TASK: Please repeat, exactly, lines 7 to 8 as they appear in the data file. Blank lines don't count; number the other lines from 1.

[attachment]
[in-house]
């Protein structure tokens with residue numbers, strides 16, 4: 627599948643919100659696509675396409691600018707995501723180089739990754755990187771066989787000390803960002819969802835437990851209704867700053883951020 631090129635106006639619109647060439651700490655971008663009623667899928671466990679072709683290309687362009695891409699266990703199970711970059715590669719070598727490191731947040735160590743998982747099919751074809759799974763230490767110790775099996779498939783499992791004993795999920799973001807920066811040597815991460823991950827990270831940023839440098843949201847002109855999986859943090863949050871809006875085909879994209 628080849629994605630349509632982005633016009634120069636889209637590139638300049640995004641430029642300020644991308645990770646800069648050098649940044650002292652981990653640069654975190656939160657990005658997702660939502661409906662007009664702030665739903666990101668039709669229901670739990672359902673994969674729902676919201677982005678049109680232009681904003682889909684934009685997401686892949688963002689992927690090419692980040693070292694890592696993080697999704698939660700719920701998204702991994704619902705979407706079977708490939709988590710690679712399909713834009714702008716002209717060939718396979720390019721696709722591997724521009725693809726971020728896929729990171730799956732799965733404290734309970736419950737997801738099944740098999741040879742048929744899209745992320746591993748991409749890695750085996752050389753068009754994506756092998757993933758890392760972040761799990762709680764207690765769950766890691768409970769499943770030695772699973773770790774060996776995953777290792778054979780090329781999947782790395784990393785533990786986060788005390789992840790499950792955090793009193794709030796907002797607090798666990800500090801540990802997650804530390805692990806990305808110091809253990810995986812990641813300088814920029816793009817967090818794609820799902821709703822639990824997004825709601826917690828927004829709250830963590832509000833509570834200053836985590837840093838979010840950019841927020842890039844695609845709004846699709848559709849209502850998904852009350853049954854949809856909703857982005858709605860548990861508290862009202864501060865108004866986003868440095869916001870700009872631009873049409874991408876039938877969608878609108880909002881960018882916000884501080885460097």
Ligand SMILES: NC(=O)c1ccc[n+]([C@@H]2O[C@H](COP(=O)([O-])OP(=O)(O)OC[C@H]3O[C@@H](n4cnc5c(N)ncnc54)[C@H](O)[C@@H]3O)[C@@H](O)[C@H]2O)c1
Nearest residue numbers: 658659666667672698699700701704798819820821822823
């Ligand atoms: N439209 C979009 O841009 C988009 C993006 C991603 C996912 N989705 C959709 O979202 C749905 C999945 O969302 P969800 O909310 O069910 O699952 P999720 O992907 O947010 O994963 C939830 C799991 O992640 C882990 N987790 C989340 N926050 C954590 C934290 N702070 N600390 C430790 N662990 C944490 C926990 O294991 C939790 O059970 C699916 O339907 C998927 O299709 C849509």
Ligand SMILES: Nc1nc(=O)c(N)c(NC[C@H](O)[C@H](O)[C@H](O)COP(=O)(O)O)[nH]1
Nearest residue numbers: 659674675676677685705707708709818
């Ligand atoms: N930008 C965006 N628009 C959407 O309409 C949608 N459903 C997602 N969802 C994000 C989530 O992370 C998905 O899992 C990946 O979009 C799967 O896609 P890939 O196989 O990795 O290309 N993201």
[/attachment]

Nearest residue numbers: 659674675676677685705707708709818
């Ligand atoms: N930008 C965006 N628009 C959407 O309409 C949608 N459903 C997602 N969802 C994000 C989530 O992370 C998905 O899992 C990946 O979009 C799967 O896609 P890939 O196989 O990795 O290309 N993201």